verb (used with object), famed, fam·ing.
- falx cerebri,
- familial aggregation,
- familial alzheimer's disease
Origin of fame
Examples from the Web for fames
The poet nameth Cyrus and Æneas no other way than to show what men of their fames, fortunes, and estates should do.A Defence of Poesie and Poems|Philip Sidney
As if fames were the relics of seditions past; but they are no less, indeed, the preludes of seditions to come.Essays|Francis Bacon
Of your gracious fauor I despaire not, for I am not altogether Fames outcast.
A species of fames canina is to be met with amongst schoolboys, which affects the juveniles most when most in health.
The dropping fire which had been exchanged between their partisans kept their names and fames before the public.The Memoirs of Count Carlo Gozzi|Count Carlo Gozzi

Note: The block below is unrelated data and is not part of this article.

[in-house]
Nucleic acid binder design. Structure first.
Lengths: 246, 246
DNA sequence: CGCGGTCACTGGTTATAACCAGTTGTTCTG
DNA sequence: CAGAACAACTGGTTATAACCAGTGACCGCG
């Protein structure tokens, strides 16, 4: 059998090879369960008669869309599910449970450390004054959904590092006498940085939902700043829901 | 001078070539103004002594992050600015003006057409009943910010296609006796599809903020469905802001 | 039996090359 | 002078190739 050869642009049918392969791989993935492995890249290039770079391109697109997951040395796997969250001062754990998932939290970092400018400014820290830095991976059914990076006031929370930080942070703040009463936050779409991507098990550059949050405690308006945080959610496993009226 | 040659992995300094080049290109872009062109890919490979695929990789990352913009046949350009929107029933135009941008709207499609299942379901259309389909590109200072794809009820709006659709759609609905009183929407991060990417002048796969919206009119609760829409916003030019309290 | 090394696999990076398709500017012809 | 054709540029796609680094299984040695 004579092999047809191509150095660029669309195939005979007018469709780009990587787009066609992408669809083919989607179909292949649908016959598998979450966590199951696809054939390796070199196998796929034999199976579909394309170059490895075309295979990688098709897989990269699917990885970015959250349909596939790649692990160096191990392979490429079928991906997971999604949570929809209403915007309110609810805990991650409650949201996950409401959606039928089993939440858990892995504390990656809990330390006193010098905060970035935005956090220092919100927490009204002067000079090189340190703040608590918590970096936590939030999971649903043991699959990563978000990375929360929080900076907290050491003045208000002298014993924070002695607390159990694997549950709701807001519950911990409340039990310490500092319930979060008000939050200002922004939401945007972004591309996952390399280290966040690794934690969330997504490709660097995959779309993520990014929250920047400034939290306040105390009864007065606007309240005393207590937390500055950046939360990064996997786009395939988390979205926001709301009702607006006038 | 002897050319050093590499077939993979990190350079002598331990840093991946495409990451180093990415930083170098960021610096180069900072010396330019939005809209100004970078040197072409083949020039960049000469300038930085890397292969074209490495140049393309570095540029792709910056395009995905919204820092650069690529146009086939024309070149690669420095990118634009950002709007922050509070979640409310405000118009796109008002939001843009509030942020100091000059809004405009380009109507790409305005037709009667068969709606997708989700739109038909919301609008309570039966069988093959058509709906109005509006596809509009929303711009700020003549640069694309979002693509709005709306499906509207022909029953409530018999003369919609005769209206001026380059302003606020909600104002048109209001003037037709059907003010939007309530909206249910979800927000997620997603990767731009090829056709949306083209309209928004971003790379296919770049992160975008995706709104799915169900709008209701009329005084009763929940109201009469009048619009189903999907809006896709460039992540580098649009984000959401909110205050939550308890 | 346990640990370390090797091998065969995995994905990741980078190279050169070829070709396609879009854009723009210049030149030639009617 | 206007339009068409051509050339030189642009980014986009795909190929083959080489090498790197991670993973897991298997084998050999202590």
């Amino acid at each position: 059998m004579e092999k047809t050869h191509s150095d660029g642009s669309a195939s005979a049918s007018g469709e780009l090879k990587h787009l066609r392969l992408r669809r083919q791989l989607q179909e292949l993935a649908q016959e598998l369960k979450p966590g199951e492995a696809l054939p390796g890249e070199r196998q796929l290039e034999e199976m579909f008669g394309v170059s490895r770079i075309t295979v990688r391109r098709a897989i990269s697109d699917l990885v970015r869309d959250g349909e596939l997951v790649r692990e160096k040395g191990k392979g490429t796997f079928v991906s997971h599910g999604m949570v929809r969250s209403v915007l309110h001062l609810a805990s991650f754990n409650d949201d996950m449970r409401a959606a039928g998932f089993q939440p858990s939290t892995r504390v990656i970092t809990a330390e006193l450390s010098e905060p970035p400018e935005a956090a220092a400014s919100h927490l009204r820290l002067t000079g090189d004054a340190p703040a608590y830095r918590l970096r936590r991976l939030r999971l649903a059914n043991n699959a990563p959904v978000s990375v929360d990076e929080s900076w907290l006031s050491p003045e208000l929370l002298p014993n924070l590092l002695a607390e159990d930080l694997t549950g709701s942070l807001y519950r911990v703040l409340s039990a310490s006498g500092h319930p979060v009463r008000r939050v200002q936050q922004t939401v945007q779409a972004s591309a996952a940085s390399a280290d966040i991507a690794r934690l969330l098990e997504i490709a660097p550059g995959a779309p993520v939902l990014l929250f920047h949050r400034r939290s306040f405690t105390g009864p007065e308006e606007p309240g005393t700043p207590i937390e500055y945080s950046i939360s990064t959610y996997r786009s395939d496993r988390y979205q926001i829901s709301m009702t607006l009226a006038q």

Word Origin for fame
early 13c., "character attributed to someone;" late 13c., "celebrity, renown," from Old French fame "fame, reputation, renown, rumor," from Latin fama "talk, rumor, report, reputation," from PIE root *bha- (2) "to speak, tell, say" (cf. Sanskrit bhanati "speaks;" Latin fari "to say," fabula "narrative, account, tale, story;" Armenian ban, bay "word, term;" Old Church Slavonic bajati "to talk, tell;" Old English boian "to boast," ben "prayer, request;" Greek pheme "talk," phone "voice, sound," phanai "to speak;" Old Irish bann "law").
The goddess Fama was the personification of rumor in Roman mythology. The Latin derivative fabulare was the colloquial word for "speak, talk" since the time of Plautus, whence Spanish hablar.
I've always been afraid I was going to tap the world on the shoulder for 20 years, and when it finally turned around I was going to forget what I had to say. [Tom Waits, "Playboy" magazine interview, March, 1988]